Career Paths: Jess Winn ’17L
Jessica Winn is originally from Newberg, Oregon and studied Political Science at Carnegie Mellon University. At Washington and Lee, she is involved in Law Review, German Law Journal, Law Ambassadors, WLSO, ACS, and PILSA. With her law degree, she hopes to make our legal systems more accessible and transparent by means of practice or policy.
During the 2017-2018 term, I will be clerking for U.S. District Judge Rosanna Peterson in the Eastern District of Washington. We’ll review and the judge will decide a large number of procedural motions. I will research and prepare memos for her upcoming cases. I will also help to draft sections of opinions for the court.
I’m particularly looking forward to this clerkship because I will get the chance to work with a woman who also followed a non-traditional path to the law and who, in her legal career, has demonstrated excellence in practice and as a professor. Judge Peterson worked for a number of years before attending law school, she practiced in Spokane for seventeen years before taking the bench, and she taught for ten of those years at Gonzaga University School of Law. Learning from Judge Peterson’s experiences practicing law, teaching law, and serving as a judge will be invaluable.
I’m also excited to serve as a judicial term clerk because I know that the work will expose me to a wide variety of legal issues and refine my research and writing skills. I’m looking forward to looking at cases not from one side or the other, but from the middle. Seeing different issues and arguments, becoming a more confident writer and researcher, and reflecting upon my clerkship will help make me a better attorney in the future.
After this clerkship, I hope to clerk with a Federal Circuit Court judge or perhaps with a state Supreme Court justice. Ultimately, I’m interested in doing some kind of public interest law, being involved in policy-making, and—maybe one day—teaching. At this point, the world is full of possibilities: I could pursue being a public defender, get involved in appellate advocacy work, do immigration or environmental law, or start a solo general practice. Whatever I do, this clerkship will provide such an important foundation for the way I look at the law.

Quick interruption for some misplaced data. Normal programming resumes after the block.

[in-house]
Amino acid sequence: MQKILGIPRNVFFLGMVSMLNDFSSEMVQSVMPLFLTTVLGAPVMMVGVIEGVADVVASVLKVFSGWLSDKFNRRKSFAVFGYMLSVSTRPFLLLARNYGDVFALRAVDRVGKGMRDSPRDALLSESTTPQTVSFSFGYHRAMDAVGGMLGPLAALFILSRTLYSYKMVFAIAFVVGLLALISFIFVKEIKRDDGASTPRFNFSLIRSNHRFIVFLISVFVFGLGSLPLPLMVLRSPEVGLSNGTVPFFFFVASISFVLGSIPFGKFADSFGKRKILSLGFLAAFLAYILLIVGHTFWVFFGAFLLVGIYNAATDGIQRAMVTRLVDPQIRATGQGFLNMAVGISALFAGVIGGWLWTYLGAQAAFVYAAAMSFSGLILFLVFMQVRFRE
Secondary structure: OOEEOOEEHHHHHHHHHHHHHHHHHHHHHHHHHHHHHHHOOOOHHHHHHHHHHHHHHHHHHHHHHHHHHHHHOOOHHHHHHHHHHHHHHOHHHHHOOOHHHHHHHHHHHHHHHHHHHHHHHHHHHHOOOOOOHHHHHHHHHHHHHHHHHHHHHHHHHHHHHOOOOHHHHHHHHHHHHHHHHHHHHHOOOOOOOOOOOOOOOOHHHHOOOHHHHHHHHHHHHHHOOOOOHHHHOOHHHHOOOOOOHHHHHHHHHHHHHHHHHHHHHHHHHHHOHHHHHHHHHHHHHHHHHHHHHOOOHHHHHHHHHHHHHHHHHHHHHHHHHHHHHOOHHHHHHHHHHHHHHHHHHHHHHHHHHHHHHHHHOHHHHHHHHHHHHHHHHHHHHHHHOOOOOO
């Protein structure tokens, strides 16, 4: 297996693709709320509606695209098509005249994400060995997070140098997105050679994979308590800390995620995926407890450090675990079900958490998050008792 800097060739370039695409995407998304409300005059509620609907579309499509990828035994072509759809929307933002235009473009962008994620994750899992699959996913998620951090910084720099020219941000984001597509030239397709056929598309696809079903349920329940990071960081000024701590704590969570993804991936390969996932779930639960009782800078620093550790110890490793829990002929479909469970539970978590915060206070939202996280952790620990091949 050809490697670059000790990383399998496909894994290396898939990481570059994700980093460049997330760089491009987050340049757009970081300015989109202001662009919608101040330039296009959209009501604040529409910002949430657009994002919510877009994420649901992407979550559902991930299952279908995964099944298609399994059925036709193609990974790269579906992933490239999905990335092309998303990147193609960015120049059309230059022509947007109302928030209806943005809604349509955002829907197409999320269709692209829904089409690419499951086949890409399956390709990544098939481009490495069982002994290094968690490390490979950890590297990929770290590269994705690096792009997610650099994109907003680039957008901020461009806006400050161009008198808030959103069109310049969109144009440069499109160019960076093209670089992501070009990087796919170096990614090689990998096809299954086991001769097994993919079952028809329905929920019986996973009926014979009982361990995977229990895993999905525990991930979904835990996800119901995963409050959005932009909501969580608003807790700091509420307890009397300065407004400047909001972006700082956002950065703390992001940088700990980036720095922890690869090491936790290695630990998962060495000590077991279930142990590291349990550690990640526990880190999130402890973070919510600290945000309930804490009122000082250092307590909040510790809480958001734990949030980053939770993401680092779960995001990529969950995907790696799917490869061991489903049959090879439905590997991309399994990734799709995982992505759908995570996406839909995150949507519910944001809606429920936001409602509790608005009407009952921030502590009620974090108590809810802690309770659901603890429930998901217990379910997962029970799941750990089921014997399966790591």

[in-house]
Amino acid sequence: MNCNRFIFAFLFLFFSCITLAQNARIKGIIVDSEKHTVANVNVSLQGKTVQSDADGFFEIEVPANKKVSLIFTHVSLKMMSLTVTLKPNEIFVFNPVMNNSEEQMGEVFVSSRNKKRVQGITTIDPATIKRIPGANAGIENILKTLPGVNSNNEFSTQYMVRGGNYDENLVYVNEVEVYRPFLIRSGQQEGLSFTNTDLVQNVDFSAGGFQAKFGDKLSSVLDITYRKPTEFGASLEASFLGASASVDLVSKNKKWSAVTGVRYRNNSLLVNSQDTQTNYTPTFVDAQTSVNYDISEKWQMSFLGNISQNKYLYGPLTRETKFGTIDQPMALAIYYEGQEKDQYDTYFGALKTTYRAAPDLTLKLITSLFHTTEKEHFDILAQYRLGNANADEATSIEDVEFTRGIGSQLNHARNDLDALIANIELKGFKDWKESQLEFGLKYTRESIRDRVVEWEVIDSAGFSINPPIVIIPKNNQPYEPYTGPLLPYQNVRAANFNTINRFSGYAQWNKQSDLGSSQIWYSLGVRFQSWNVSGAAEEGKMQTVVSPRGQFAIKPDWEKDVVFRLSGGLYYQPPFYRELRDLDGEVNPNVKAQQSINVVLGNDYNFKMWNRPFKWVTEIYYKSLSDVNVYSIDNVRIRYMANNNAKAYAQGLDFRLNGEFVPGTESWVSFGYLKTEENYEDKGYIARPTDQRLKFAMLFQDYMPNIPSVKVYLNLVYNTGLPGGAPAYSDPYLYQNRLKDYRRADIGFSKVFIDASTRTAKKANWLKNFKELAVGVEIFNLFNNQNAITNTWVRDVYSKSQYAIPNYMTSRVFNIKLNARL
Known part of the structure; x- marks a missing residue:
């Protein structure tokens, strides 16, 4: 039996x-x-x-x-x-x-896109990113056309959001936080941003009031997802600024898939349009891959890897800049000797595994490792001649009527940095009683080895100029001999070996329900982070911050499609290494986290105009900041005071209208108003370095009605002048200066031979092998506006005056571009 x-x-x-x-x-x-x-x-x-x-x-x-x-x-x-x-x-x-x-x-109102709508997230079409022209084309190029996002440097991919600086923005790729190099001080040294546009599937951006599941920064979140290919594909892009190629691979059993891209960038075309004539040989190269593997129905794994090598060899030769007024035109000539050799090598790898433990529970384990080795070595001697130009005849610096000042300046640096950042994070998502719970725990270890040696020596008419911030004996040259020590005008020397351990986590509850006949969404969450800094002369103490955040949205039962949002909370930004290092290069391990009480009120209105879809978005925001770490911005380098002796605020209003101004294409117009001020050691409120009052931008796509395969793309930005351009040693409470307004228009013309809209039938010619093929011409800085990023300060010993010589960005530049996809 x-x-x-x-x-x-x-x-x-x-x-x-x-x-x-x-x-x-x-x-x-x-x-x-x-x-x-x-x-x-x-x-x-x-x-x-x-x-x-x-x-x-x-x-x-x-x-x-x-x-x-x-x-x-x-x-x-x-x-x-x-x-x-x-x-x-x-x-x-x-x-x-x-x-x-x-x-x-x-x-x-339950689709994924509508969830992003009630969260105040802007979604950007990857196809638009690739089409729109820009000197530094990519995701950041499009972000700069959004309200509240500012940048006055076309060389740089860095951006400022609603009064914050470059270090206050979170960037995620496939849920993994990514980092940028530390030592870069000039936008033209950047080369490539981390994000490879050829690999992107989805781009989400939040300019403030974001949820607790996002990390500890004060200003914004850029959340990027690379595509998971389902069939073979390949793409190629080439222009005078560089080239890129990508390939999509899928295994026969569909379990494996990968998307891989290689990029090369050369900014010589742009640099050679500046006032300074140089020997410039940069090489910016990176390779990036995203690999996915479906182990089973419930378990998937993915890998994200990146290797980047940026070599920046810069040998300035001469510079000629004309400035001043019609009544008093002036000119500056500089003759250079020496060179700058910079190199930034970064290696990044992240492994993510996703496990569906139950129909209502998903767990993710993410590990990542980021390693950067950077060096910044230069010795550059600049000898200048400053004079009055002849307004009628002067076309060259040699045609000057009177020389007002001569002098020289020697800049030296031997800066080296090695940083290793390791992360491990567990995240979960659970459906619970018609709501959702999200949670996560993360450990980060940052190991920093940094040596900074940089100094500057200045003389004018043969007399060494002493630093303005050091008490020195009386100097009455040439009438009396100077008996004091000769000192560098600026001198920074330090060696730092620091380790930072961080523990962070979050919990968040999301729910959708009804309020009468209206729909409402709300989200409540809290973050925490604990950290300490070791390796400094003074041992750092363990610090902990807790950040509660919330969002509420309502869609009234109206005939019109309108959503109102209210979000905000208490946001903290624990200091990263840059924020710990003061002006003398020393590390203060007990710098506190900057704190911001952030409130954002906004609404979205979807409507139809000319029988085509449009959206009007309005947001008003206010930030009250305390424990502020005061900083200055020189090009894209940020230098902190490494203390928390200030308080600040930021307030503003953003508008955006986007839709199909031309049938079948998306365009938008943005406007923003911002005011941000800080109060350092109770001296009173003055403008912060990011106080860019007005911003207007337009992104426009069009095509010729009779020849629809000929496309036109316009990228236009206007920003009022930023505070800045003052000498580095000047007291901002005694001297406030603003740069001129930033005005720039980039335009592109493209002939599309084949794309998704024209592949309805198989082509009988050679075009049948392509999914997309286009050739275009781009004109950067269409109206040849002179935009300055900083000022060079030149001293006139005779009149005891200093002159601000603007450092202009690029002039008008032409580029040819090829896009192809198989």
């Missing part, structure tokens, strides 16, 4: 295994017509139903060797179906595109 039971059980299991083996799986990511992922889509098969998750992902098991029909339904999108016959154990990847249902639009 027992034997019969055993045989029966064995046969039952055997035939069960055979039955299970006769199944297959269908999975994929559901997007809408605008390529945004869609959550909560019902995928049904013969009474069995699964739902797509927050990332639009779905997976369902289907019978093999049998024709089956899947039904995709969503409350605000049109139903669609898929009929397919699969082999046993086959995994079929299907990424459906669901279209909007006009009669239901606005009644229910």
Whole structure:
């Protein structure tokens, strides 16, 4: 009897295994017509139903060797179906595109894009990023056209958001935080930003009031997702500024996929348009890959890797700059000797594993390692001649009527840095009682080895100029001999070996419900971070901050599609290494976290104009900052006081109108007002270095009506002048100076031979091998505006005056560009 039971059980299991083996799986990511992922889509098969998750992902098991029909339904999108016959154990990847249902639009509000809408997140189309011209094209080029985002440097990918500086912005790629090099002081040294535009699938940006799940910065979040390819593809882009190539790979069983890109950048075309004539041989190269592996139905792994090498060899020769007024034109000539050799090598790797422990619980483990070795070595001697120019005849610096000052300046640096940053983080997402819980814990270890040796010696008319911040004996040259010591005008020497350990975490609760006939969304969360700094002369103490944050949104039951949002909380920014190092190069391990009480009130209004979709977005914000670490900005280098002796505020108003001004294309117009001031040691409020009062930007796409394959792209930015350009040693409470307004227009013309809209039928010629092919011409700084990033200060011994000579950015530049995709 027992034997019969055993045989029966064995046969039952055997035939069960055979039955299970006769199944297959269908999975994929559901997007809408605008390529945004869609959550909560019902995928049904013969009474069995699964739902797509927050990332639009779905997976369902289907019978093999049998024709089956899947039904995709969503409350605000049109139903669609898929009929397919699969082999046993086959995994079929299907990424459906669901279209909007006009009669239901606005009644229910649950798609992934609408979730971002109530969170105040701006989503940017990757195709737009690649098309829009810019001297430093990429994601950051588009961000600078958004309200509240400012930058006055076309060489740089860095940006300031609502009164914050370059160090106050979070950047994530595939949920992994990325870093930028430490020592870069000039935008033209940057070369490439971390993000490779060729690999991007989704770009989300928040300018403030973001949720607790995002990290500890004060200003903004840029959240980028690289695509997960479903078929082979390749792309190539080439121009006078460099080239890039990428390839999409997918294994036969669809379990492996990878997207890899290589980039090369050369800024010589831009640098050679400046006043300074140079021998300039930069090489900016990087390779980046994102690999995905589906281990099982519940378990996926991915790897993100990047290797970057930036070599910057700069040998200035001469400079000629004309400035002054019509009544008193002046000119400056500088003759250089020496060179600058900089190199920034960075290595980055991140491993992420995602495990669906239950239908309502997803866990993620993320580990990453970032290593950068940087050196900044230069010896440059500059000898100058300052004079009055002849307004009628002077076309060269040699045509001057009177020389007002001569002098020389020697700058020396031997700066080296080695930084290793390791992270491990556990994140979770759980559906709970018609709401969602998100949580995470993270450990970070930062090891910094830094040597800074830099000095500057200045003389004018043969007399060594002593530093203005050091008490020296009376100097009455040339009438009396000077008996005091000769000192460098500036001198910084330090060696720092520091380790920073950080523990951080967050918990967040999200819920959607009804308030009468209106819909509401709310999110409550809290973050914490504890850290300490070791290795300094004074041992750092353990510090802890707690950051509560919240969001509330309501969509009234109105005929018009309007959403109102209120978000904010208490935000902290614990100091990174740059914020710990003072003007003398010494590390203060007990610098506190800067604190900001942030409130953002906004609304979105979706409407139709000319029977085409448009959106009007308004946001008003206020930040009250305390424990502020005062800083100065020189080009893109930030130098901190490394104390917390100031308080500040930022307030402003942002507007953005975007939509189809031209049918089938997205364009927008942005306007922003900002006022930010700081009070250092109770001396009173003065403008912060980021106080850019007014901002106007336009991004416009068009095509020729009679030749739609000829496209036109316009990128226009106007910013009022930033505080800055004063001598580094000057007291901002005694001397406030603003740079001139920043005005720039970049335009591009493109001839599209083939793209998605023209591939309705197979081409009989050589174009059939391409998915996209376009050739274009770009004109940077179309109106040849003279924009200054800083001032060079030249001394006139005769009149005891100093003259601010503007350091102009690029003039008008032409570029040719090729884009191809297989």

If you’re interested in clerking for a federal judge, my advice is to take Federal Jurisdiction and Procedure (and be dedicated about it!), to jump with both feet into the application process, to double- and triple-check your resume and cover letter for errors, and to talk with friends, family, and faculty about your clerkship search. Remember that your professors can be your greatest advocates. I was having coffee with a professor in October of my 2L year and, in the course of talking about the clerkship applications process, he suggested I apply to clerk for Judge Peterson. After I submitted my application, he and two of my other professors personally called the Judge and spoke with her about me. While I know the Judge would not have hired me if I had not submitted a strong application, I am also absolutely sure that those phone calls were powerful demonstrations of confidence on behalf of my professors that likely helped make her hiring decision easier.